Ben Croll of IndieWire gave the film an 'A' rating and called it "one of del Toro's most stunningly successful works... also a powerful vision of a creative master feeling totally, joyously free." Writing for Rolling Stone, Peter Travers gave the film 3.5 out of 4 stars, praising Hawkins's performance, the cinematography and del Toro's direction, and saying: "Even as the film plunges into torment and tragedy, the core relationship between these two unlikely lovers holds us in thrall. Del Toro is a world-class film artist. There's no sense trying to analyze how he does it." For the Minnesota Daily, Haley Bennett reacted positively, writing, "The Shape of Water has tenderness uncommon to del Toro films. ... While The Shape of Water isn't groundbreaking, it is elegant and mesmerizing."
Conversely, Rex Reed of the New York Observer gave the film 1 out of 4 stars and calling it "a loopy, lunkheaded load of drivel" and, referring to Hawkins's role in Maudie, described people with disabilities as "defective creatures." Reed's review was criticized and ridiculed for referring to Sally Hawkins' mute character as "mentally handicapped" and for erroneously crediting actor Benicio del Toro as the film's director.
The Shape of Water appeared on many critics' year-end top-ten lists, among them:
- 1st — Anne Thompson, IndieWire
- 1st — Kenneth Turan, Los Angeles Times
- 1st — Sasha Stone, Awards Daily
- 1st — Drew McWeeny, The Tracking Board
- 1st — Nicholas Barber, BBC
- 1st — Mike Scott, The Times-Picayune
- 1st — James Verniere, Boston Herald
- 1st — Borys Kit, The Hollywood Reporter
- 1st — Marjorie Baumgarten & Steve Davis, The Austin Chronicle
- 1st — Joe Morgenstern, The Wall Street Journal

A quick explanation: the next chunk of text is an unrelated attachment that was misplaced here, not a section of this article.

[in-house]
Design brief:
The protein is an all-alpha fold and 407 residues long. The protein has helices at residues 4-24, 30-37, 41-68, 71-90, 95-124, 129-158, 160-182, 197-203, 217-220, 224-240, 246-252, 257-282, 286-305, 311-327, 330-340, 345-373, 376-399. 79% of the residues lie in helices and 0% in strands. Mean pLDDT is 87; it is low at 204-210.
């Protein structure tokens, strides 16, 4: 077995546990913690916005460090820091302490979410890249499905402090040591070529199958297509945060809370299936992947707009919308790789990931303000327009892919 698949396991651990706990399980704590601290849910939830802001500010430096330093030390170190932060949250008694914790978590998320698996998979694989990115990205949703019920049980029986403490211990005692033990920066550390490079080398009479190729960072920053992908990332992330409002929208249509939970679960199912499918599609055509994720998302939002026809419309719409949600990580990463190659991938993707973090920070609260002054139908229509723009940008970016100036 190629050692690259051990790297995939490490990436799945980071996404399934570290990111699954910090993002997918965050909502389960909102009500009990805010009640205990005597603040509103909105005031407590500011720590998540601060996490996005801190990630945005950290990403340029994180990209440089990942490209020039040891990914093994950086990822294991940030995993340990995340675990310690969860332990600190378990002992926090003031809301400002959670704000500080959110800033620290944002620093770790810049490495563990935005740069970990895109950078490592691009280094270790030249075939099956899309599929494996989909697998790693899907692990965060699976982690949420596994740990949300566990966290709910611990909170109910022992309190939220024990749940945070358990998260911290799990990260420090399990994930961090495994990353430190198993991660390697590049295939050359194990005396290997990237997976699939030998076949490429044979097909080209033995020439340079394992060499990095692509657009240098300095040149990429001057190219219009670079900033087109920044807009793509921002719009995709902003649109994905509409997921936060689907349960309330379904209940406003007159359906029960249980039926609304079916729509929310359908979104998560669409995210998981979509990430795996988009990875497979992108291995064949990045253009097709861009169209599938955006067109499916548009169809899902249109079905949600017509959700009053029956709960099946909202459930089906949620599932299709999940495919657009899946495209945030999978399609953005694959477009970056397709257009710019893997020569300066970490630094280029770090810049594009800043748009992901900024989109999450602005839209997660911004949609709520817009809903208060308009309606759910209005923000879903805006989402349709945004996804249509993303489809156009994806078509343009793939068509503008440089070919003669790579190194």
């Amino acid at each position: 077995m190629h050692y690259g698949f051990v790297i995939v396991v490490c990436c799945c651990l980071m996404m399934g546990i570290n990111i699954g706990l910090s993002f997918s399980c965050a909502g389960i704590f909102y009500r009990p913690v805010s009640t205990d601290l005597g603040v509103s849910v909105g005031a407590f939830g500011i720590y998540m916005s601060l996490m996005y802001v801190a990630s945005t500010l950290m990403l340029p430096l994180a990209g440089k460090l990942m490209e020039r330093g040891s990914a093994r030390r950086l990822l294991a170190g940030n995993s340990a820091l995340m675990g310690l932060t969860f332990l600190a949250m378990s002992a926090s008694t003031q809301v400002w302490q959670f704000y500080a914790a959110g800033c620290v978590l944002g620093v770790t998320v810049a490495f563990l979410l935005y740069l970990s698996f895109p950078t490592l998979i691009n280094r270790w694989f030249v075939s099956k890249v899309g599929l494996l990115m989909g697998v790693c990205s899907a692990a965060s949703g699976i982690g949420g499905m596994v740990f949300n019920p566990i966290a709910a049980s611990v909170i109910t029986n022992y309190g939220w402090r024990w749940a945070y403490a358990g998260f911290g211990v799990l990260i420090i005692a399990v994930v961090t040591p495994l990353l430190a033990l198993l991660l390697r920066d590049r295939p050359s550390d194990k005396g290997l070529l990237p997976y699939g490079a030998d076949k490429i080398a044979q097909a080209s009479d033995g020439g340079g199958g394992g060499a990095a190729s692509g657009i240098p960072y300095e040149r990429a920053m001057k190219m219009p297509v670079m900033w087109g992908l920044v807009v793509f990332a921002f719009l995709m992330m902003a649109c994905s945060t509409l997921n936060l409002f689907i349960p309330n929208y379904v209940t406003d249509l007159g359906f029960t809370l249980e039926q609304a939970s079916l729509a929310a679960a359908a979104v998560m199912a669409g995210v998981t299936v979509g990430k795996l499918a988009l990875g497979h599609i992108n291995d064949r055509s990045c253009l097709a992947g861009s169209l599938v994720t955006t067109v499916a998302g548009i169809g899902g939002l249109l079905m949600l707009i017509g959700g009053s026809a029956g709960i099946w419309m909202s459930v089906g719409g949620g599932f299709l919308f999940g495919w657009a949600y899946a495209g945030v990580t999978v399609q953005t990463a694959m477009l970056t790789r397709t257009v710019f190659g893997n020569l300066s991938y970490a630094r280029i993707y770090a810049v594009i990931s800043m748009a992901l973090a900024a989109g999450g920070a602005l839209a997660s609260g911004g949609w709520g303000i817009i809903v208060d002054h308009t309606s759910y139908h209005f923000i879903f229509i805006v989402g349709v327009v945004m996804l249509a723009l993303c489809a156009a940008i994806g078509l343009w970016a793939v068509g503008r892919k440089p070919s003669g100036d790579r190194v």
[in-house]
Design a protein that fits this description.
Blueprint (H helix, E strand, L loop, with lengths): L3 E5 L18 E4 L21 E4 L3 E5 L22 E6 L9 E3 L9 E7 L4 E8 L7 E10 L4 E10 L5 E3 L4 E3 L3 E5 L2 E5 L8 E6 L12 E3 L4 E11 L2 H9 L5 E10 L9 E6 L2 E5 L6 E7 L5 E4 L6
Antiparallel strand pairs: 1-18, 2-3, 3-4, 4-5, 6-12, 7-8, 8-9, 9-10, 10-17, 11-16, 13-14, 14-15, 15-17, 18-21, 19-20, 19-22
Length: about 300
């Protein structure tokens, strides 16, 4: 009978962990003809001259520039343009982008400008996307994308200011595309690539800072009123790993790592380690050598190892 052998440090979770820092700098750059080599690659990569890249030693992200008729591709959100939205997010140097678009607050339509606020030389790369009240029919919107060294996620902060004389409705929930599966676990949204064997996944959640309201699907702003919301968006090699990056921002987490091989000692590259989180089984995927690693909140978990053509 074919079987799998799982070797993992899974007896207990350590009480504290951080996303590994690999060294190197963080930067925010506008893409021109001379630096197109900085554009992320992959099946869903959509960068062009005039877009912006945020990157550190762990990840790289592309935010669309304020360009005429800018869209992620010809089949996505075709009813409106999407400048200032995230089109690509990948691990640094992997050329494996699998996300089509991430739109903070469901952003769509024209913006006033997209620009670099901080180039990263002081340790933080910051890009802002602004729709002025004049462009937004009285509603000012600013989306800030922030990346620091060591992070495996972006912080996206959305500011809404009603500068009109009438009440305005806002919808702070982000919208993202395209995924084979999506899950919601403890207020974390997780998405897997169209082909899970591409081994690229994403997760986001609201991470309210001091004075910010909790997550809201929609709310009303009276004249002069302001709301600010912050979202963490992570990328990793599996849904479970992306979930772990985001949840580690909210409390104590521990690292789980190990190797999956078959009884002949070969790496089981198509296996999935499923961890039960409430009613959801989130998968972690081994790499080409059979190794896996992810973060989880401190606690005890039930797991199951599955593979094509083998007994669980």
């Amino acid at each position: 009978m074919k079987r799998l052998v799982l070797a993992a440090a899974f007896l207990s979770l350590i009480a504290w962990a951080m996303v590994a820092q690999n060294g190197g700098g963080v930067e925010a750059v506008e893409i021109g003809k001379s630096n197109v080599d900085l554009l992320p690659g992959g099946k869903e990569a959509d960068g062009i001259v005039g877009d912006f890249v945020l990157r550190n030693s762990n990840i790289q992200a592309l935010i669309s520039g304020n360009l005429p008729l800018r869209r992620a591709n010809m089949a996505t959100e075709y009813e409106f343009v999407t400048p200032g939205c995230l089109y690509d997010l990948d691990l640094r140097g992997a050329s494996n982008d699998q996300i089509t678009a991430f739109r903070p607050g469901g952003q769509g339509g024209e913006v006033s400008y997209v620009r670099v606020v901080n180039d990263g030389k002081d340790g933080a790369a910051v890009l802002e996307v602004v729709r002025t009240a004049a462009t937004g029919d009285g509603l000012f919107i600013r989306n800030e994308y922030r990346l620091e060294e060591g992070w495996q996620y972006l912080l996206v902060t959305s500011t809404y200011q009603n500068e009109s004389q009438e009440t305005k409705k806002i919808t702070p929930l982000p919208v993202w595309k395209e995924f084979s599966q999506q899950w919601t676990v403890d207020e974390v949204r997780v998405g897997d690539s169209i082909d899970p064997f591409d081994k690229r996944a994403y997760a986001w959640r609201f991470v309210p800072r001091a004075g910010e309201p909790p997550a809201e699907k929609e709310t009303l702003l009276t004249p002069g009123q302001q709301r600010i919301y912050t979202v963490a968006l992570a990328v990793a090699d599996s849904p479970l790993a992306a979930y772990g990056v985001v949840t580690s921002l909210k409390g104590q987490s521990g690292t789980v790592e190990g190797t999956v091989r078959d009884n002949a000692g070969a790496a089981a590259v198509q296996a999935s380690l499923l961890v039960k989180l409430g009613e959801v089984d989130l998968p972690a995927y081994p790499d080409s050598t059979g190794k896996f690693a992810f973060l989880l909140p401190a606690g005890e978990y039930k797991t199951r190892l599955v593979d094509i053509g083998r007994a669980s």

- 2nd — David Rooney, The Hollywood Reporter
- 2nd — Mark Olsen, Los Angeles Times
- 3rd — Sheri Linden, The Hollywood Reporter
- 3rd — Matthew Jacobs, HuffPost
- 3rd — E. Oliver Whitney, ScreenCrush
- 3rd — Alonso Duralde, TheWrap
- 4th — Pete Hammond, Deadline Hollywood
- 4th — Brian Tallerico, RogerEbert.com
- 4th — Chris Bumbray, JoBlo.com
- 5th — Marc Savlov, The Austin Chronicle
- 5th — James Berardinelli, Reelviews
- 5th — Christopher Orr, The Atlantic
- 5th — Gregory Ellwood, IndieWire
- 5th — Peter Hartlaub, San Francisco Chronicle
- 6th — Kimber Myers, IndieWire
- 6th — People
- 7th — The Guardian
- 7th — Peter Debruge, Variety
- 7th — Peter Travers, Rolling Stone
- 8th — Peter Howell, Toronto Star
- 9th — Steve Erickson, RogerEbert.com
- 9th — Stephen Whitty, The Star-Ledger
- 9th — Ryan Oliver, IndieWire
- 9th — Todd McCarthy, The Hollywood Reporter
- 10th — Danny Bowes, RogerEbert.com
- 10th — Paste
- Top 10 (listed alphabetically, not ranked) — IGN
- Top 10 (listed alphabetically, not ranked) — Ty Burr, The Boston Globe
- Top 10 (listed alphabetically, not ranked) — Moira Macdonald, The Seattle Times
- Top 10 (listed alphabetically, not ranked) — Walter Addiego, San Francisco Chronicle
- Top 10 (listed alphabetically, not ranked) — Calvin Wilson, St. Louis Post-Dispatch
- Best of 2017 (listed alphabetically, not ranked) — Newsweek
The Shape of Water received 13 nominations at the 90th Academy Awards, the most of any film in the 2018 race. It won in four categories: Best Production Design, Best Original Score, Best Director, and Best Picture. It was the second fantasy film to win Best Picture since The Lord of the Rings: The Return of the King.